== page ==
LASIK eye surgery is a common vision-correcting procedure that has the potential to eliminate the need for glasses or contact lenses for patients. The eye surgeon uses a laser to reshape the cornea so that light focuses on the retina correctly. The surgery has a very high success rate, with around 96 percent of patients achieving desired results. However, like any surgery, not everyone is a good candidate for LASIK. There can be factors that make the risk of complications outweigh the benefits. It is good to know what may disqualify you ahead of time so that you go into a diagnostic appointment with realistic expectations.
- Age - If you are under the age of 18, there is a likely chance this disqualifies you as a good candidate for LASIK. Vision changes and eye development continue to occur into young adulthood. If you are over 40, then it is important to note that the surgery cannot correct presbyopia, the need for reading glasses. Presbyopia results from the thickening and inflexibility of the eye's lens due to aging and is unavoidable.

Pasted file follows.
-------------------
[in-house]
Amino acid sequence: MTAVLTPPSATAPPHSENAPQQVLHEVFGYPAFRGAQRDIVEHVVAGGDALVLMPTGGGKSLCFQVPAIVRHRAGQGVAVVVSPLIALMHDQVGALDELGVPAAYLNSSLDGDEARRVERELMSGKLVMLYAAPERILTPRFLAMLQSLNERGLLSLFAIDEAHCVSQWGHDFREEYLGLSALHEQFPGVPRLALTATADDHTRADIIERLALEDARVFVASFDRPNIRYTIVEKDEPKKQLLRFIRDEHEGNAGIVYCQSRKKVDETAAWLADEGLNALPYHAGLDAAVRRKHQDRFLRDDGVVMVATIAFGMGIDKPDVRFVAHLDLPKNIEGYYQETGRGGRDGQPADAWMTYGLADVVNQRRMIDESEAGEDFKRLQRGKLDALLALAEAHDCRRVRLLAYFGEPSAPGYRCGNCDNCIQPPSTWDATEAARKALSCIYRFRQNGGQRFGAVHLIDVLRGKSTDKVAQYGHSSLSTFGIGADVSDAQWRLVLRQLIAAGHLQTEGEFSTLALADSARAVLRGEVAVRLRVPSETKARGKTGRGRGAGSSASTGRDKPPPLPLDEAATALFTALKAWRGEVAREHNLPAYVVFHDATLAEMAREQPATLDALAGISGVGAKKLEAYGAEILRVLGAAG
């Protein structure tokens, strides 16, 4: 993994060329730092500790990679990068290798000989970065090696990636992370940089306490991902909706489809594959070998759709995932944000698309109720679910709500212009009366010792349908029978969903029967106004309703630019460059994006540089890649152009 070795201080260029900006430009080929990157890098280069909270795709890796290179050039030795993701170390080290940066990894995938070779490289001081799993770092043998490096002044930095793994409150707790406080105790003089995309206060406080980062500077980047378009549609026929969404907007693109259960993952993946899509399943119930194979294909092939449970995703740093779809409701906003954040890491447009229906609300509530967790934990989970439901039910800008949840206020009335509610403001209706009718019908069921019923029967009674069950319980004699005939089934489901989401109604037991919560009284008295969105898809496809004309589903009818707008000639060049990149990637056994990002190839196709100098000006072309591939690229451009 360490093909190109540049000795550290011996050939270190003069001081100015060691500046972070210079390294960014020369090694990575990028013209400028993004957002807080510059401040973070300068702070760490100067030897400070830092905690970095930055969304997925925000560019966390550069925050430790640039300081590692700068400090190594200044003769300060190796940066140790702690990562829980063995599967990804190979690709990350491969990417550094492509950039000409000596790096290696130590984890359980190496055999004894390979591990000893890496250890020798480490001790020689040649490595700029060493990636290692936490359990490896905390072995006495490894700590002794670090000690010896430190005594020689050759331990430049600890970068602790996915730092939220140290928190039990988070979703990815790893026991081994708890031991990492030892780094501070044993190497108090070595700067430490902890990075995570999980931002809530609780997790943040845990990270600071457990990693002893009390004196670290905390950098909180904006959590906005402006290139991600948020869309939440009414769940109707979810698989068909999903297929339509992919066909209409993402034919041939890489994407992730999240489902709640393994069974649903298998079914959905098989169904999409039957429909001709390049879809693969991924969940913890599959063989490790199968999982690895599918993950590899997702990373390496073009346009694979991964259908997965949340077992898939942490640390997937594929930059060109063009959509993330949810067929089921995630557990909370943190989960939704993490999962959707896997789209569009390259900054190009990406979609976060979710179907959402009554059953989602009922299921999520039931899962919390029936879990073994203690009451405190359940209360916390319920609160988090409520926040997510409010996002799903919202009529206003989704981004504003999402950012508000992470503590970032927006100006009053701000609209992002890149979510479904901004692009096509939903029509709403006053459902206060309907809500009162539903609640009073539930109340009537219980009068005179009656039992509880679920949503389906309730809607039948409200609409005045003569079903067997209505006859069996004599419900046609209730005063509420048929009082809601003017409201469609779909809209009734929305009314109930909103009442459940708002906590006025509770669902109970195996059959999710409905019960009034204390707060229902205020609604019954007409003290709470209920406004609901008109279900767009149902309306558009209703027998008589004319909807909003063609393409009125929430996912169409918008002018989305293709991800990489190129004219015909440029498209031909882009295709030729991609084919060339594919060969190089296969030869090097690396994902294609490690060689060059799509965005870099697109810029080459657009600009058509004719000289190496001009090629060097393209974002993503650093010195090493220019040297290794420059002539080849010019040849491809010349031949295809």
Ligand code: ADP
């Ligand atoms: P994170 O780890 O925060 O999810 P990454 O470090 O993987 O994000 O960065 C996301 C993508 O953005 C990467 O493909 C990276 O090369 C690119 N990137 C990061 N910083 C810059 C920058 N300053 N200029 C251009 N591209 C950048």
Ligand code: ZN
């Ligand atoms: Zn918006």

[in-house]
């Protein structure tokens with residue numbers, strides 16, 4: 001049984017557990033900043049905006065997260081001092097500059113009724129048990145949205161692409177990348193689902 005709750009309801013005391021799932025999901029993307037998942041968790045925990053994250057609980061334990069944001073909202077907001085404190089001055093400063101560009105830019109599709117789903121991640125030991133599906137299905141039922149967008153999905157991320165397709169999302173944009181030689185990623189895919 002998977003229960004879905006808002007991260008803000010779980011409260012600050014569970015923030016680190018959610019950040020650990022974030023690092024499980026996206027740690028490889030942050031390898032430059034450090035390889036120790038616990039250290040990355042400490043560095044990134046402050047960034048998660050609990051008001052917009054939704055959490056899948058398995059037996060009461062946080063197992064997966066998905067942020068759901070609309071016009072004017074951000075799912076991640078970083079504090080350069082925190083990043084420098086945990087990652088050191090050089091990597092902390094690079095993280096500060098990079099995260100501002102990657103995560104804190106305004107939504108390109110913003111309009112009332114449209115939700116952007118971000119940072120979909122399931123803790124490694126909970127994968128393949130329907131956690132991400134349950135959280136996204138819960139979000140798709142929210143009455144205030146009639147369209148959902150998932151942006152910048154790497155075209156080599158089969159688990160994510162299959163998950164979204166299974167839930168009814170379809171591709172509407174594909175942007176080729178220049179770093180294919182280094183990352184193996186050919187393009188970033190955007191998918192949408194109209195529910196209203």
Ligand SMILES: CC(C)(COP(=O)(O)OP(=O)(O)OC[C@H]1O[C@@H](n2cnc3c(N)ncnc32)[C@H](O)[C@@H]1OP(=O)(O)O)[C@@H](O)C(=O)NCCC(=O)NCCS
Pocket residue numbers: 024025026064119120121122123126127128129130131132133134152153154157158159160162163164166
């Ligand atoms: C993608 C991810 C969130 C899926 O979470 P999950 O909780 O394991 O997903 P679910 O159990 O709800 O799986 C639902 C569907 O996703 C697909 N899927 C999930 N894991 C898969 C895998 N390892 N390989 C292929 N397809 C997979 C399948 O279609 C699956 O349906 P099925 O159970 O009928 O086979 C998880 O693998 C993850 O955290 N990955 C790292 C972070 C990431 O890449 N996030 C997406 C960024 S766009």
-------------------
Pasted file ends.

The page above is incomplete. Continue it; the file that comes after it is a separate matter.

- Changes in vision in the last 12 months - Regardless of age, if your corrective prescription has changed over the last year, you are likely a poor candidate. LASIK can only correct vision as it currently stands. It will not prevent further changes if your prescription or refractive error is unstable. If your vision changes are still changing, it is much more likely that you will need future LASIK adjustments.
- Hormonal changes in vision - Pregnant or breastfeeding women will likely be disqualified for a period of time after they have given birth and/or stopped breastfeeding. Hormone changes in pregnancy can cause a temporary fluctuation in vision that often sorts itself out after everything returns to a balance. Even if a woman was a good candidate prior to pregnancy, it is best to wait until any changes in vision have stabilized.
- Eye measurements - Pupil size can be a determining factor in LASIK candidacy, as the width can interfere with the procedure. Large pupils can result in serious visual side effects like seeing glares and halos. Thickness of the cornea is also an essential measurement factor. LASIK surgery is performed by reshaping the cornea in order for light to pass through it more effectively; thus if your cornea is too thin, the surgeon has less material to work with. This can result in complications and side effects that outweigh the potential benefits of LASIK.
For more information, speak with experts like the Foulkes Vision Institute.Share